Monday, February 04, 2008

Colour

It is very difficult to describe the relationship an artist has with his colours. You love them for what they give you but you also hate them for the limitations they impose on you. Gradually throughout my career i found myself treating my colours as if they were humans, or at least as if they were alive. You start talking to them, arguing with them and thanking them for loyally serving you.

This weekend I started reading Bright Earth by Philip Ball. Anyone with a slight interest in the history of colour should read it. The book opens with the following quote:

"Then the man in the blue suit reaches into his pocket and takes out a large sheet of paper, which he carefully unfolds and hands to me. It is covered with Picasso's handwriting -- less spasmodic, more studied than usual. At first sight, it resembles a poem. Twenty or so verses are assembled in a column, surrounded by broad white margins. Each verse is prolonged with a dash, occasionally a very long one. But it is not a poem; it is Picasso's most recent order for colors ....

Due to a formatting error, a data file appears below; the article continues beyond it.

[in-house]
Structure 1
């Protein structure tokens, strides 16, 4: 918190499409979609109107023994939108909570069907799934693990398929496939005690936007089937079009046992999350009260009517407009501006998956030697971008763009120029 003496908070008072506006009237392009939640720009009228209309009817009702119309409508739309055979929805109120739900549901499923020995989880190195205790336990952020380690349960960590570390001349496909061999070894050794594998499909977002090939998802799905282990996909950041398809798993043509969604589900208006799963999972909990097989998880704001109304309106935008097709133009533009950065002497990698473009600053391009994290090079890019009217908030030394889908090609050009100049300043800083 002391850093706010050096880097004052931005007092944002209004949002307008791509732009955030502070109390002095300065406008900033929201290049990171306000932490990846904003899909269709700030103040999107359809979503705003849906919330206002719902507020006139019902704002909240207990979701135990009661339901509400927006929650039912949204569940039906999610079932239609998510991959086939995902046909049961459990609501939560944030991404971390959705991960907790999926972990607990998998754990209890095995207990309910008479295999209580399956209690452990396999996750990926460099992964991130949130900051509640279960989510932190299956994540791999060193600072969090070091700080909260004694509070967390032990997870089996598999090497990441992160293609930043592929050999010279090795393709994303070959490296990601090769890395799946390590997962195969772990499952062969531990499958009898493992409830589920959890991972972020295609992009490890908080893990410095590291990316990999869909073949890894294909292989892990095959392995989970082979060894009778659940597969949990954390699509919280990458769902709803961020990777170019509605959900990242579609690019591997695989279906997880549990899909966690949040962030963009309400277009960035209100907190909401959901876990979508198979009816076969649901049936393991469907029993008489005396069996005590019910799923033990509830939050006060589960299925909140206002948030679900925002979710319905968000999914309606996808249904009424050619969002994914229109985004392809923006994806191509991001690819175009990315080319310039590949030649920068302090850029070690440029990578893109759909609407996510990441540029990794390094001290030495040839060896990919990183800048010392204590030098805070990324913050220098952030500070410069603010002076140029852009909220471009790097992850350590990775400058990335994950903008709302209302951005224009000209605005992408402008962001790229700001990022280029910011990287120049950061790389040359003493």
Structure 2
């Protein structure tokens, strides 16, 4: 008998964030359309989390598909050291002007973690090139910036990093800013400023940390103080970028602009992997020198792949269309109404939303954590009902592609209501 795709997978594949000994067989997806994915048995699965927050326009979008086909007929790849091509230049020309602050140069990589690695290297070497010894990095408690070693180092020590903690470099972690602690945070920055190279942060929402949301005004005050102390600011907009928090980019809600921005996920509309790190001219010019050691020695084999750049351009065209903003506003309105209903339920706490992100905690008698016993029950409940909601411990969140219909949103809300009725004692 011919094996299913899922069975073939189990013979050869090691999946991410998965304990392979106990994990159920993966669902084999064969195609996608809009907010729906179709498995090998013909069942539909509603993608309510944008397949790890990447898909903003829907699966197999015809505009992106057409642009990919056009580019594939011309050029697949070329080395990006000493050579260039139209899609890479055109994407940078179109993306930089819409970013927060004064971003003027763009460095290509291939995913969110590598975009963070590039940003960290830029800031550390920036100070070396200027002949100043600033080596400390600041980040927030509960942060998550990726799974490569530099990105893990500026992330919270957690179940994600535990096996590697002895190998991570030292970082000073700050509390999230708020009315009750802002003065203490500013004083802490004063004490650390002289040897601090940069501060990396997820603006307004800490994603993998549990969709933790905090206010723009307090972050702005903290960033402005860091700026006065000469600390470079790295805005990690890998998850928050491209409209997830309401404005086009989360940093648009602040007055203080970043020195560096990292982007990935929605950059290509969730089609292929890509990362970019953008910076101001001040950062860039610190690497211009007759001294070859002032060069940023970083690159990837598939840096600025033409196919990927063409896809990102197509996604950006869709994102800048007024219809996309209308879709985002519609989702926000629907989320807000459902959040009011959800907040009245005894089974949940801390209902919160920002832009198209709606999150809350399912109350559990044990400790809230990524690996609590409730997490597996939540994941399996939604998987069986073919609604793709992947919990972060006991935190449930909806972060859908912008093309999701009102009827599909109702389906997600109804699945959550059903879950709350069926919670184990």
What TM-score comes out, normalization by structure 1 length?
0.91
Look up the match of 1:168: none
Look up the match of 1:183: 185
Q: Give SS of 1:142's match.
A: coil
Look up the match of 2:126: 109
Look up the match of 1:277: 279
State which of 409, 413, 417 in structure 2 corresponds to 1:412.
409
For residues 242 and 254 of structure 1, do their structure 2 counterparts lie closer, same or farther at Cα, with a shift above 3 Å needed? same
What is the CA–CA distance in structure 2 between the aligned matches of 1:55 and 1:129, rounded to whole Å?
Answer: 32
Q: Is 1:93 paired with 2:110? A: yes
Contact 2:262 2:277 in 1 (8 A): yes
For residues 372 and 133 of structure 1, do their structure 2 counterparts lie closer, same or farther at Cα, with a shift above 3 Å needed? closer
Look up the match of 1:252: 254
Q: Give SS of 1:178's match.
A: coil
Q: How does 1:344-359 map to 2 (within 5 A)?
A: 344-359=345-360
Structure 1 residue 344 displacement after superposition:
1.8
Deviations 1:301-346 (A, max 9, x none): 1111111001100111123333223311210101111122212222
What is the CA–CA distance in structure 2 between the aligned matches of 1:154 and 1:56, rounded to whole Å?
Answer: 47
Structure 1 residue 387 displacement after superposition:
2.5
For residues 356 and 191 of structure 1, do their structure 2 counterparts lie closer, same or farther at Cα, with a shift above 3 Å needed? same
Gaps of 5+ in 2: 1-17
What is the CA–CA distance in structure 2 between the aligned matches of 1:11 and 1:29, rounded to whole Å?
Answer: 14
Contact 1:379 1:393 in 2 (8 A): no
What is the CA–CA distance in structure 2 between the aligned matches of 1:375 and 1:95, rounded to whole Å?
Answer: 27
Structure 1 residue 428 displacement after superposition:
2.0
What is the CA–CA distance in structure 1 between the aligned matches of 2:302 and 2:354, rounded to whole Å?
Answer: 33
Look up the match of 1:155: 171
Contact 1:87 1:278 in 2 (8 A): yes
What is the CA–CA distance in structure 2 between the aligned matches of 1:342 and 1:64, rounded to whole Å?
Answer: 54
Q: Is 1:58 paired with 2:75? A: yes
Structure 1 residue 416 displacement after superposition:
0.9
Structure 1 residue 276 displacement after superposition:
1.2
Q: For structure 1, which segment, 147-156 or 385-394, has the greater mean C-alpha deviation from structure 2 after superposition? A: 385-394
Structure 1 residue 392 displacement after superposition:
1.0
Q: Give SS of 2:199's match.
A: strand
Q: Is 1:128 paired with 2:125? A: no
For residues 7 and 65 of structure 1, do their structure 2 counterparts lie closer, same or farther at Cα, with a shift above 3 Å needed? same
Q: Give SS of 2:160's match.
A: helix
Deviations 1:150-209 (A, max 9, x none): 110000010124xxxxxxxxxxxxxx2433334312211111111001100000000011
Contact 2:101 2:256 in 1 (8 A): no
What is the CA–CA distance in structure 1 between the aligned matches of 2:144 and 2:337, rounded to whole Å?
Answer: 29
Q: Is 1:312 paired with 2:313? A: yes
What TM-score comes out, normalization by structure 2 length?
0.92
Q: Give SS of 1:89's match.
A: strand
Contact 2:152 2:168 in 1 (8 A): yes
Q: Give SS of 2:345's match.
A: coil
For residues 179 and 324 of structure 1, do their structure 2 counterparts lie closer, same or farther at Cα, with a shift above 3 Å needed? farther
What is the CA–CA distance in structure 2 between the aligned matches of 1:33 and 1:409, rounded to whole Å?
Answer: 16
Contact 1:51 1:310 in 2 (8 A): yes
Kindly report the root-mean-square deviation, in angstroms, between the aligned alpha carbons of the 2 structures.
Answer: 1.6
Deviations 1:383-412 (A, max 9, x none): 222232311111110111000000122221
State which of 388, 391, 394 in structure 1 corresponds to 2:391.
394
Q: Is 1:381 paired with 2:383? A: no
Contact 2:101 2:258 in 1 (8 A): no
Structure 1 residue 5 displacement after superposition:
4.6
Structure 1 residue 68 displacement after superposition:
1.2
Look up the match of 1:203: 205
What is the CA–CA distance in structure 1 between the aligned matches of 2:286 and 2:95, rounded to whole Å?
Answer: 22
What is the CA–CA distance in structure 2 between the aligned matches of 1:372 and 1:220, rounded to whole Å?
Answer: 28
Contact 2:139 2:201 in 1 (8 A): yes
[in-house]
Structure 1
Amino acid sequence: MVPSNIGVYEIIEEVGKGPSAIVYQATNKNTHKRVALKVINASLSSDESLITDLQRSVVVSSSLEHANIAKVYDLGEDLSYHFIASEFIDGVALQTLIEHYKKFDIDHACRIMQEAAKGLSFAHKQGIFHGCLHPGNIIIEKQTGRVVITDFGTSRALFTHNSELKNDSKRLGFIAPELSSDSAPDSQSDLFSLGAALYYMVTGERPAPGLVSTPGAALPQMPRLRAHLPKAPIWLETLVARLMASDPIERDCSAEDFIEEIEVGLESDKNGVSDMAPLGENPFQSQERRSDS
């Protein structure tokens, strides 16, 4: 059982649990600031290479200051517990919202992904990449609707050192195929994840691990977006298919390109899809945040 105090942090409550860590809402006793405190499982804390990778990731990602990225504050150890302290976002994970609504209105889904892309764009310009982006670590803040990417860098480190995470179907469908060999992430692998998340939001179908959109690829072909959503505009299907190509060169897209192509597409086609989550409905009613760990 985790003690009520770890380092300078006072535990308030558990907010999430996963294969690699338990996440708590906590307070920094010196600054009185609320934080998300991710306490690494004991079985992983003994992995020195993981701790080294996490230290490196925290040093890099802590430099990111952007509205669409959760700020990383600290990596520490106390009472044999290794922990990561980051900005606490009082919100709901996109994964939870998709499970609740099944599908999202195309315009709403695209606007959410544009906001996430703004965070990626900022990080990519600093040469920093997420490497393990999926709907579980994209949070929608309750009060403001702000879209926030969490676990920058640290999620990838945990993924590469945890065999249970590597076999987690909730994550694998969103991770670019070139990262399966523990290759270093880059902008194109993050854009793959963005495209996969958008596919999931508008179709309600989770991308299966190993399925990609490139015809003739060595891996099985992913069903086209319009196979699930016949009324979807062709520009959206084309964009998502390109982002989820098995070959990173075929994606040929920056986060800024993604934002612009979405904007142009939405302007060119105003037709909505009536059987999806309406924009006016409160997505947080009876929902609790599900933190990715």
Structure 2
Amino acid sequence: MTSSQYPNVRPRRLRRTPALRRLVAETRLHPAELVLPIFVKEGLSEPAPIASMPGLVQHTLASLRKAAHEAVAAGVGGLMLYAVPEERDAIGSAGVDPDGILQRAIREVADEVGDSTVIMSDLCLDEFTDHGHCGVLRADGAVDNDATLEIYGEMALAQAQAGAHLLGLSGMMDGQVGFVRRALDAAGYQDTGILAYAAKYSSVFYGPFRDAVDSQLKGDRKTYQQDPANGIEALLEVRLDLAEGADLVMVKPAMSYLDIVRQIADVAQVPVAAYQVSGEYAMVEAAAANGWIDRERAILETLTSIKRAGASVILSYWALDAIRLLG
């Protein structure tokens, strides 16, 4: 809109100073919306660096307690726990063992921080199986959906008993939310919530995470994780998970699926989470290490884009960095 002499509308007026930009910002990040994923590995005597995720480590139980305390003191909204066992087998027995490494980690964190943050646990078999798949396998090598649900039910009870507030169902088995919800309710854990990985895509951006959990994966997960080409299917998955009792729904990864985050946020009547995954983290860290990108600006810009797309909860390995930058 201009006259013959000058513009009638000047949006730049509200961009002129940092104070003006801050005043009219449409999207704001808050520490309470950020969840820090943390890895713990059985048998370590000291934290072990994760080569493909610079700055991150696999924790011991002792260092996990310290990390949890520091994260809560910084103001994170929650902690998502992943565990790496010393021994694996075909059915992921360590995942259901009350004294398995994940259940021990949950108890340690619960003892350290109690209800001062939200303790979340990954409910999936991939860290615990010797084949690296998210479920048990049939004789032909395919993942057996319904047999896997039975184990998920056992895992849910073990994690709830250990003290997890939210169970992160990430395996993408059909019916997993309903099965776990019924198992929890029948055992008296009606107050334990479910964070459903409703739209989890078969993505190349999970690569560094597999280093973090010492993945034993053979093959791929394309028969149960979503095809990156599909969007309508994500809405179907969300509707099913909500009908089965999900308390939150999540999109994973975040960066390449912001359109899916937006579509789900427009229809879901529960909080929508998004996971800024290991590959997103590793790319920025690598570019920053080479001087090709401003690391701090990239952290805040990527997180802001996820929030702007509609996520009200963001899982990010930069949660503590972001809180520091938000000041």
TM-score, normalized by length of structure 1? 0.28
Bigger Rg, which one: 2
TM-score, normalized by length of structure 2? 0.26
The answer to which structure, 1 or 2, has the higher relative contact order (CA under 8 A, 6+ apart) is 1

"For once, all the anonymous heroes of Picasso's palette trooped forth from the shadows, with Permanent White at their head. Each had distinguished himself in some great battle -- the blue period, the rose period, cubism, 'Guernica' ... Each could say: 'I too, I was there ...' And Picasso, reviewing his old comrades-in-arms, gives to each of them a sweep of his pen, a long dash that seems a fraternal salute: 'Welcome Persian red! Welcome emerald green! Cerulean blue, ivory black, cobalt violet, clear and deep, welcome! Welcome!'" -- Brassai (1964), Picasso and Company

Just beautiful.



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